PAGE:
When you are making an estate plan, the type of trust you choose for your assets can have an impact on the beneficiaries. If you have a person who is going to be the beneficiary of a trust and who is the recipient of government benefits, you should be sure that you use a special needs trust so that you can help him or her preserve his or her right to receive benefits.
A special needs trust is a fully legal option for passing down assets to a person who is getting government assistance. This type of trust provides the beneficiary with some of life's necessities without giving him or her control of the trust. Since they don't control the trust, can't dissolve the trust and aren't able to decide the frequency of the distributions, the trust won't impact their benefits.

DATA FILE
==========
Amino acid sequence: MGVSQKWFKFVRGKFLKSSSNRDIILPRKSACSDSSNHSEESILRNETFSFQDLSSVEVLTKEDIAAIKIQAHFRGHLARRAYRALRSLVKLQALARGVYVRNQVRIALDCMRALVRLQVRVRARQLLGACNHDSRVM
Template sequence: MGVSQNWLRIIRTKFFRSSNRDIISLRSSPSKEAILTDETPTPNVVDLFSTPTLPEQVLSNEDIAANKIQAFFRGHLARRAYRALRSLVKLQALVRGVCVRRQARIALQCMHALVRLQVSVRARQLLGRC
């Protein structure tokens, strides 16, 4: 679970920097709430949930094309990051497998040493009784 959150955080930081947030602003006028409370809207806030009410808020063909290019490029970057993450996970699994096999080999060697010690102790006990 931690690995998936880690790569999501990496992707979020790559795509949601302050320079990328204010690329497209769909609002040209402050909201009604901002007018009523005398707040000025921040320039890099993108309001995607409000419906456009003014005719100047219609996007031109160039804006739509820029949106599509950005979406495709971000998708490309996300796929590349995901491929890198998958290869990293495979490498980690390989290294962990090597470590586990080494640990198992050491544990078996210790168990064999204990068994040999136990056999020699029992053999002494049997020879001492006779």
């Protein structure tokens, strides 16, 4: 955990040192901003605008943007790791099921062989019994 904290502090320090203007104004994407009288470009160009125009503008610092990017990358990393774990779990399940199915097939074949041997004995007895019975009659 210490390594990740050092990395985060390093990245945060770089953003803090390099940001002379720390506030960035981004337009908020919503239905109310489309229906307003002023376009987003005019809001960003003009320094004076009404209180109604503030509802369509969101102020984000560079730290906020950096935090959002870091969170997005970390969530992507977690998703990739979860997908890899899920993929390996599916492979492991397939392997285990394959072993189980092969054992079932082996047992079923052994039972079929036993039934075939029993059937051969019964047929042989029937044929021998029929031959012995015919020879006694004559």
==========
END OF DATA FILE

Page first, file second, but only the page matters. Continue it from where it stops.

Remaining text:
For a person who isn't on government assistance, other trust types might be beneficial. The revocable trust is one that lets you retain control of the trust. You could modify the trust or revoke it at any point in your life.
Another type of trust that might prove useful is the irrevocable trust. Once you put assets into this type of trust, you can't chance the structure of the trust. Before you establish this type of trust, be sure that you fully understand how this will impact you and your right to the assets in the trust.
All of this is a lot to think about, and there are also other types of trusts that might be useful when you are handling your estate planning duties. Thinking about each one carefully is crucial so that you make the decisions that enable you to follow through with your wishes.
Source: FindLaw, " Types of Trusts," accessed Dec. 09, 2016